… 48.101 libavcodec 55. 39.101 / 55. 39.101 libavformat 55. 19.104 / 55. 19.104 libavdevice 55. 5.100 / 55. 5.100 libavfilter 3. 90.100 / 3. 90.100 libavresample 1. 1. 0 / 1. 1. 0 libswscale 2. 5.101 / 2. 5.101 libswresample 0. 17.104 / 0. 17.104 libpostproc 52. 3.100 / 52. 3.100)
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|FFmpeg-Frameworks.xcodeproj||Sync with current MacPorts' FFmpeg (2.1.4, libavutil 52. 48.101 / 52.…|
|stub.c||Removed as many MacPorts (/opt/local/lib) dependencies as possible by…|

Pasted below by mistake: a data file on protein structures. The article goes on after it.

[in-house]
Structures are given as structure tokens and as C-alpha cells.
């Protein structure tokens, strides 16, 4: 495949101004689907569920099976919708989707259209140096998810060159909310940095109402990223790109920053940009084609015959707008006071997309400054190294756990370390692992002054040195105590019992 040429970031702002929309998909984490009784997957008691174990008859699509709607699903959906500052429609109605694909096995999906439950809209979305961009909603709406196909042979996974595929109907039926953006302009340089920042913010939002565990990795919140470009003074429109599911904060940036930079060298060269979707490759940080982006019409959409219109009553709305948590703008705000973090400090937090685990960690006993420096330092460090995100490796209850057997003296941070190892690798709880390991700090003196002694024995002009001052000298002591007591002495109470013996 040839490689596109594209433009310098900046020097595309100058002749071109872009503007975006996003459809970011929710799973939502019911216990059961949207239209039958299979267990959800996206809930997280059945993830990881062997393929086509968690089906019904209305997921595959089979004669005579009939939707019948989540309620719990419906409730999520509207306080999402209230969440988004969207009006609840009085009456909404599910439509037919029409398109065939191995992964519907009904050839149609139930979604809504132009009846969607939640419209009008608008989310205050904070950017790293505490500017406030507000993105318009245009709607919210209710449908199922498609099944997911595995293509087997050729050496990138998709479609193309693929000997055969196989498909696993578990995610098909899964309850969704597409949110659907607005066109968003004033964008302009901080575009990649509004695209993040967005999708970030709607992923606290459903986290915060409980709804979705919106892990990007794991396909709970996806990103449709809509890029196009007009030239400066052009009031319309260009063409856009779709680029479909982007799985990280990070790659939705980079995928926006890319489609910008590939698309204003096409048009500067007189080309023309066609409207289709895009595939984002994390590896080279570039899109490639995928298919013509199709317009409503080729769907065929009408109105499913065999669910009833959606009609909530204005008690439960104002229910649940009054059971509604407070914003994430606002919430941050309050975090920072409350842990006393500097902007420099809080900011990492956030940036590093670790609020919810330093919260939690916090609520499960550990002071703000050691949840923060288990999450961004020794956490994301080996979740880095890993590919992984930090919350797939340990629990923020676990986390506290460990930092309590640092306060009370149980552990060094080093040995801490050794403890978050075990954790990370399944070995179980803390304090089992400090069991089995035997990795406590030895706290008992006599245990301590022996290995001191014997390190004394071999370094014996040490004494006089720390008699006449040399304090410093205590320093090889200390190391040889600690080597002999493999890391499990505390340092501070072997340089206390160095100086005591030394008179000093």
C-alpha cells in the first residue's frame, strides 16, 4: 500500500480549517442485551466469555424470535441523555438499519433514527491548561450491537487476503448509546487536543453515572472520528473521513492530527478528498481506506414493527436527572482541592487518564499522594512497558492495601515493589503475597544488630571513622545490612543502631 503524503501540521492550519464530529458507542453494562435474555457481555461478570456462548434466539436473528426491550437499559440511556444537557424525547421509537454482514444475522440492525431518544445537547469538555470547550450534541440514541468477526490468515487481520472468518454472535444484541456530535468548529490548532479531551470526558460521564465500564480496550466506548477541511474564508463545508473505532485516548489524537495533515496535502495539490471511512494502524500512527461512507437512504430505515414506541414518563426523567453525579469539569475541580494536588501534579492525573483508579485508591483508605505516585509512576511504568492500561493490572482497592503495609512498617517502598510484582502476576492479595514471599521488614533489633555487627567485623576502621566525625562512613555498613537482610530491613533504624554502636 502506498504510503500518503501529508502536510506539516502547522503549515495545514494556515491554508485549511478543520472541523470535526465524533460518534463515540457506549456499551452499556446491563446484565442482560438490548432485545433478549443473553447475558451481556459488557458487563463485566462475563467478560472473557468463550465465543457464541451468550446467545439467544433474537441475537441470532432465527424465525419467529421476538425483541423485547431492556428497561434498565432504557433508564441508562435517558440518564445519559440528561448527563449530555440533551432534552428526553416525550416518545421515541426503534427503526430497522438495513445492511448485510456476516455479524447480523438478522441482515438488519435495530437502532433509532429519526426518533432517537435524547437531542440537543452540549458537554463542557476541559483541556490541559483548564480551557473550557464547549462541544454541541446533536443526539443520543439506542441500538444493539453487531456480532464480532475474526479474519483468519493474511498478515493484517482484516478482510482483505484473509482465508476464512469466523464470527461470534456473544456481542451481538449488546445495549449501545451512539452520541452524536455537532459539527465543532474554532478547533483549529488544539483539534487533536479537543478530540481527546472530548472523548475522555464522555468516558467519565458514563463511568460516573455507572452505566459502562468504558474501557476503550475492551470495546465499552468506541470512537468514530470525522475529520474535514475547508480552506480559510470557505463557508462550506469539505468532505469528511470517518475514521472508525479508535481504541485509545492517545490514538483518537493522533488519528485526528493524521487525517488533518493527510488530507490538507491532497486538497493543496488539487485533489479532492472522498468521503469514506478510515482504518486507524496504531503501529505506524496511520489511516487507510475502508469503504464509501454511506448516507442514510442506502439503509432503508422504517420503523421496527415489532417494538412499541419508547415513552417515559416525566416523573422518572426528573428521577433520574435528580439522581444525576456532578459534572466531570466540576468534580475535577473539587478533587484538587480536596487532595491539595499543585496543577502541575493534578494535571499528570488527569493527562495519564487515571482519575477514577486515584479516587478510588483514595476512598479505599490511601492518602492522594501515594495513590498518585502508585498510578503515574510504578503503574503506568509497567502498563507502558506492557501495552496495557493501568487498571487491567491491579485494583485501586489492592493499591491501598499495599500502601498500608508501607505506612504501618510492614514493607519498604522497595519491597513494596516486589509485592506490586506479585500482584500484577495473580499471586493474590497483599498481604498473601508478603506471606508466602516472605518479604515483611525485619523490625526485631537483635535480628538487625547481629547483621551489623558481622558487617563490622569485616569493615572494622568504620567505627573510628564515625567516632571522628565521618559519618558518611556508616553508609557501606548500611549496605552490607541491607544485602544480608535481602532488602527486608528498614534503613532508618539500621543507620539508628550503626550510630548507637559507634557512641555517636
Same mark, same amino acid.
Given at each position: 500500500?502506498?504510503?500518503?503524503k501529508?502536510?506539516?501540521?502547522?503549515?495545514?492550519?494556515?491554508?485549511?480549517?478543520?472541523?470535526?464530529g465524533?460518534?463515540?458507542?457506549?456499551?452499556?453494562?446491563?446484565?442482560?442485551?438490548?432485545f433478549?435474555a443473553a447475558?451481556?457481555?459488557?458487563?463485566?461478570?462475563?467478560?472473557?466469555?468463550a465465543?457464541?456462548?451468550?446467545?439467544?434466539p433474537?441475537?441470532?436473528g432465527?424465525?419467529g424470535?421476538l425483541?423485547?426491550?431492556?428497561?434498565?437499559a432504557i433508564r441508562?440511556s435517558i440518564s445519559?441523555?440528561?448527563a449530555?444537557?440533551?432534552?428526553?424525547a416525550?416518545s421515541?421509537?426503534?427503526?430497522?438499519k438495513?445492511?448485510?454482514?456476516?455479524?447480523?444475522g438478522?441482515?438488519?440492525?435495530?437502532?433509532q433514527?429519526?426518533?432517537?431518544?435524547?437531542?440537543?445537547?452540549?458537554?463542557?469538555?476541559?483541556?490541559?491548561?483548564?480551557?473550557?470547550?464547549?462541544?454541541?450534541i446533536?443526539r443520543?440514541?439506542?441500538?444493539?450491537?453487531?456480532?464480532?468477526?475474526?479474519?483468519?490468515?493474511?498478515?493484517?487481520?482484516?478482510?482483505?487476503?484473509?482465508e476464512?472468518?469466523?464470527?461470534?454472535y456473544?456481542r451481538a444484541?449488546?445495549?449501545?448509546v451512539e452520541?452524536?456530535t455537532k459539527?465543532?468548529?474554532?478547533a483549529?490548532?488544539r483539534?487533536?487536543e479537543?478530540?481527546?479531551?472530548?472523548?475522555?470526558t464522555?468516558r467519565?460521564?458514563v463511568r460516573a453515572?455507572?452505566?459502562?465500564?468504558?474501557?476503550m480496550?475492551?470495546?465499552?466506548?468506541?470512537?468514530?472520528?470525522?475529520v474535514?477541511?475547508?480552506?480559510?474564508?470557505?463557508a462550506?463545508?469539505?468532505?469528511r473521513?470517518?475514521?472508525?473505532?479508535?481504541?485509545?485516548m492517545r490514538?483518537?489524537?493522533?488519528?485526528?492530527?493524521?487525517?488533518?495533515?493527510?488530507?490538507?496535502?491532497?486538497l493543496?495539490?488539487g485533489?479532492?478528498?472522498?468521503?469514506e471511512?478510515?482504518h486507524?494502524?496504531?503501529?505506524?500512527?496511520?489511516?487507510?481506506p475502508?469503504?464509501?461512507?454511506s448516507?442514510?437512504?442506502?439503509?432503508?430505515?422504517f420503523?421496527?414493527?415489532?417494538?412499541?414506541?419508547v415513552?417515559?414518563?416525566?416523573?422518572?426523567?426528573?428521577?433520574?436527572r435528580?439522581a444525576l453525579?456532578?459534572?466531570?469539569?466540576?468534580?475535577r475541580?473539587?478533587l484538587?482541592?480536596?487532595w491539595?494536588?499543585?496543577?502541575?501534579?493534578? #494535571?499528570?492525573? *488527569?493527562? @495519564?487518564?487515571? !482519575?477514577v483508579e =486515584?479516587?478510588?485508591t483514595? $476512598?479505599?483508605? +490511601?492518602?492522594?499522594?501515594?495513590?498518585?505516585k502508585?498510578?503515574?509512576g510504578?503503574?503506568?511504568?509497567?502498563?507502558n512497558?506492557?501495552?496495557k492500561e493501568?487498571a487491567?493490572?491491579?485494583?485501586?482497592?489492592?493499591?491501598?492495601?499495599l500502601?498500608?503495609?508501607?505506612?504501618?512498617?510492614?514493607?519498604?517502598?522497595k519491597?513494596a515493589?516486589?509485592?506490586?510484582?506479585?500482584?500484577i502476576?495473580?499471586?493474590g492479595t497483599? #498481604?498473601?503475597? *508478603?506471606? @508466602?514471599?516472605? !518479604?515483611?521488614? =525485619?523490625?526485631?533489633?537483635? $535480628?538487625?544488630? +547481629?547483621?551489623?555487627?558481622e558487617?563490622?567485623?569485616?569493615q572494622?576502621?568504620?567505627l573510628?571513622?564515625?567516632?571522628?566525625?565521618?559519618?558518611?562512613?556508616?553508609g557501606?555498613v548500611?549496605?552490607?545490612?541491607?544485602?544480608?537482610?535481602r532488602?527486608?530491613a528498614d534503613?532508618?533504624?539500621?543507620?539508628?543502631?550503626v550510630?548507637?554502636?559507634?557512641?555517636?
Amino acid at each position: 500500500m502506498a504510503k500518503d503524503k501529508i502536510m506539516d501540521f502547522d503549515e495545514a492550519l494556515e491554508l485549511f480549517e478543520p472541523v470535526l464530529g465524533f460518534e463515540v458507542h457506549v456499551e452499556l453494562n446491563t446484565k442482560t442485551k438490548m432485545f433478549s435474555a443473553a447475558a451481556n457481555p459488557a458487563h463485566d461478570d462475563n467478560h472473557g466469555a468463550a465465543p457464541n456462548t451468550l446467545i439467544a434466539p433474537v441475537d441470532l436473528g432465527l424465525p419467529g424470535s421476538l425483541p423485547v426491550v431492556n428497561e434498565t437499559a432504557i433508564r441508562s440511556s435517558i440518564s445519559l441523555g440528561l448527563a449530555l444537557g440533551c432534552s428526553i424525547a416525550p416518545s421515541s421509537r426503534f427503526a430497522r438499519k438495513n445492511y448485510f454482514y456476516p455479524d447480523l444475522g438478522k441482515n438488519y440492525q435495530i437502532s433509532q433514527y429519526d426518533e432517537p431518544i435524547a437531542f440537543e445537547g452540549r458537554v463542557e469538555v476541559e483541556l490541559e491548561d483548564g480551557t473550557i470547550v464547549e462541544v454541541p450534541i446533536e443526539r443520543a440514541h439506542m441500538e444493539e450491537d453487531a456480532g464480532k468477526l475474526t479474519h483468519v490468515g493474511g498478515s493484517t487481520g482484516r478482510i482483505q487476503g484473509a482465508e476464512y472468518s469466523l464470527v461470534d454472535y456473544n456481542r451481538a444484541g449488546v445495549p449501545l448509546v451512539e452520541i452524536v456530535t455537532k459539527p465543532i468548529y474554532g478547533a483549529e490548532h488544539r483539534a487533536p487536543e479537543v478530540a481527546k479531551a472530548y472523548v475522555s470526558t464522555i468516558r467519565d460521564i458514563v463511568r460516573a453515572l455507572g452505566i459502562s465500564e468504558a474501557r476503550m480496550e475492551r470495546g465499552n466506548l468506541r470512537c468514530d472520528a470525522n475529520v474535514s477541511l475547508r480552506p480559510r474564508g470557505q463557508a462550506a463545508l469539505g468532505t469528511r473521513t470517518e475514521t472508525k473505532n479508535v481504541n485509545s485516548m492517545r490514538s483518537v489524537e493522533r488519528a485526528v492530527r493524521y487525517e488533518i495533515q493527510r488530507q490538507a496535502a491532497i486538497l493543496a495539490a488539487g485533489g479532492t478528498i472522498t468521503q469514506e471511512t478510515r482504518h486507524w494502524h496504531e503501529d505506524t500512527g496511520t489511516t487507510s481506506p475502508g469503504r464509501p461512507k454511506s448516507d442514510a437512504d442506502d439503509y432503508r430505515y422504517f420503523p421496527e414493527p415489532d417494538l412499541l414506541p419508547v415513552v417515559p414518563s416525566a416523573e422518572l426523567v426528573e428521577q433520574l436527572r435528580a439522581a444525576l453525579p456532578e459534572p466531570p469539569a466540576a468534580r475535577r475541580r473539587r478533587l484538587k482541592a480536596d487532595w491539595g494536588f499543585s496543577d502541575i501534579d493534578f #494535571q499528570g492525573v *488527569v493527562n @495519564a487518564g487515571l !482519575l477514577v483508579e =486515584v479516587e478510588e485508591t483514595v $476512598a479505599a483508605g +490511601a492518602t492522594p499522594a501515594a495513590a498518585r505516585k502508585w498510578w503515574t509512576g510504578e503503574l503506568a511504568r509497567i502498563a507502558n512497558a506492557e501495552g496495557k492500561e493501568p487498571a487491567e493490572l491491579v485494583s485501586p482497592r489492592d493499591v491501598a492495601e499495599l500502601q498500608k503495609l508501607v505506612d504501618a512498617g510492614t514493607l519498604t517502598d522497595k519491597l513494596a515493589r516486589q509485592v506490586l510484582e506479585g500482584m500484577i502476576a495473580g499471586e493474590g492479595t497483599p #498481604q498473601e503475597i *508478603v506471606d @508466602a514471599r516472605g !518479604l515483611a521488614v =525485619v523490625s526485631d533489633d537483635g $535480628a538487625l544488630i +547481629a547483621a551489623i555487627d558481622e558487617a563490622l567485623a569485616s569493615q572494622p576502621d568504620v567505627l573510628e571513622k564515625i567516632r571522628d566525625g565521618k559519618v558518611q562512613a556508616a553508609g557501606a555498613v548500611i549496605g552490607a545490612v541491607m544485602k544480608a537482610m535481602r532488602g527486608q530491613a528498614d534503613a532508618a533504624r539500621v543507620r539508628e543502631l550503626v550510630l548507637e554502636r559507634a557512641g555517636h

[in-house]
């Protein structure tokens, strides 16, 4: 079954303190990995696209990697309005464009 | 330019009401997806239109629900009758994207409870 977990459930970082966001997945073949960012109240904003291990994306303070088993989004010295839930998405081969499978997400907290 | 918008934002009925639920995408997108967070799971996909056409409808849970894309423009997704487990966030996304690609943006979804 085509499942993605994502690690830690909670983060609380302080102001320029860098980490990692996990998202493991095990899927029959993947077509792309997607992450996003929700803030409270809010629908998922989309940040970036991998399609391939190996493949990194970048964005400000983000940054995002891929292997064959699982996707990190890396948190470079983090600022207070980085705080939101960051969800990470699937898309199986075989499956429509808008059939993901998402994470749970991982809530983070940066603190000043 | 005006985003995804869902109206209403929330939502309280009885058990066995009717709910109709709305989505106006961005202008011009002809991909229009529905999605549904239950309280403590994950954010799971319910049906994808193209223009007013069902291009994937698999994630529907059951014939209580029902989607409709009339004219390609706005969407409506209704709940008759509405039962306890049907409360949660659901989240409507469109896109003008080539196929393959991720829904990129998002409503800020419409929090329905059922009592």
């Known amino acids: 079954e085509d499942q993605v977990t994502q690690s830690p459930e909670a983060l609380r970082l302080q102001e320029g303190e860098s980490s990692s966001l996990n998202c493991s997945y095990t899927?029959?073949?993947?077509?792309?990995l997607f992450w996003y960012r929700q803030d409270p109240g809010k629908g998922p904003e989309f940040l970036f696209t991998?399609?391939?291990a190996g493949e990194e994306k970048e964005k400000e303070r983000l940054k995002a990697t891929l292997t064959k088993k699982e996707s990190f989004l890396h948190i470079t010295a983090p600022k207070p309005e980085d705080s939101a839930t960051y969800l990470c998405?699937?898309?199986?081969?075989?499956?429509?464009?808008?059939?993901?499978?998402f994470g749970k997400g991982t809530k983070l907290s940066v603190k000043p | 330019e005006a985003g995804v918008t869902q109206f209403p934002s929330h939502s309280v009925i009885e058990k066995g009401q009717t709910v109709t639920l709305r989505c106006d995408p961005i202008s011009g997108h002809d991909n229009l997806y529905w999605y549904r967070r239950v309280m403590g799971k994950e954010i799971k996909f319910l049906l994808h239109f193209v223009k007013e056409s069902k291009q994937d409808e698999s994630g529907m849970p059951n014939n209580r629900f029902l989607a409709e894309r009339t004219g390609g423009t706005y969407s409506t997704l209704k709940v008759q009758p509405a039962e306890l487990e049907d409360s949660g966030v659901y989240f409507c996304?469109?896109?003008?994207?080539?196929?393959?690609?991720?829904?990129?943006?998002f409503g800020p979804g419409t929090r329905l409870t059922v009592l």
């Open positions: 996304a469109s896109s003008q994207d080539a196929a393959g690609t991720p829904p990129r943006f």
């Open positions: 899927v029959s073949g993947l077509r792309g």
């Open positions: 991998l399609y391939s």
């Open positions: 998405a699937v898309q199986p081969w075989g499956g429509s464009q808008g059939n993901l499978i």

This is an Xcode project file that allows to create a standalone, monolithic framework from the static libraries of an existing FFmpeg installation. It is configured to expect the +nonfree+universal variant of the MacPorts repository, installed in (accessible through) that project's default installation directory, /opt/local . The central build target is FFmpegFW-mp (mp standing for MacPorts). The build procedure is as follows - a script catches the initial list of files to be linked. It then retrieves the various FFmpeg static libraries, extracting the i386 and x86_64 archives. Duplicate entries for log2_tab.o are deleted where relevant. A new master link object file is then created from the libraries, using ld -r -all_load , and the original LinkFileList replaced by one containing that master object, plus any objects mentioned originally but not yet present on disk. - Another script copies the header files from the MacPorts tree into the framework bundle. - During the final link step, Xcode links in the various libraries required, and generates a framework. An attempt is made to reduce dependencies on MacPorts as much as possible, by pulling in the static versions of libraries on which the FFmpeg libs depend. The remaining shared libraries are linked weakly, meaning their absence is of no incidence until their functionality is called upon. That’s of especial interest for libSDL, which is used by ffplay, but probably unlikely so by any other projects. The project is set up to be placed in a subdirectory of the FFmpeg source repository as can be downloaded via git, but the source files are only used for reference, EXCEPT FOR the License file. Its absence should not be a problem. It is possible to modify the initial script to use self-compiled libraries, extracting the install location from the build files. In that case you will have to check to make sure the correct external libraries are linked. NB: when adding libraries to a target’s dependencies, Xcode will add the location to the library search path; it will not remove those entries when the corresponding libraries are removed!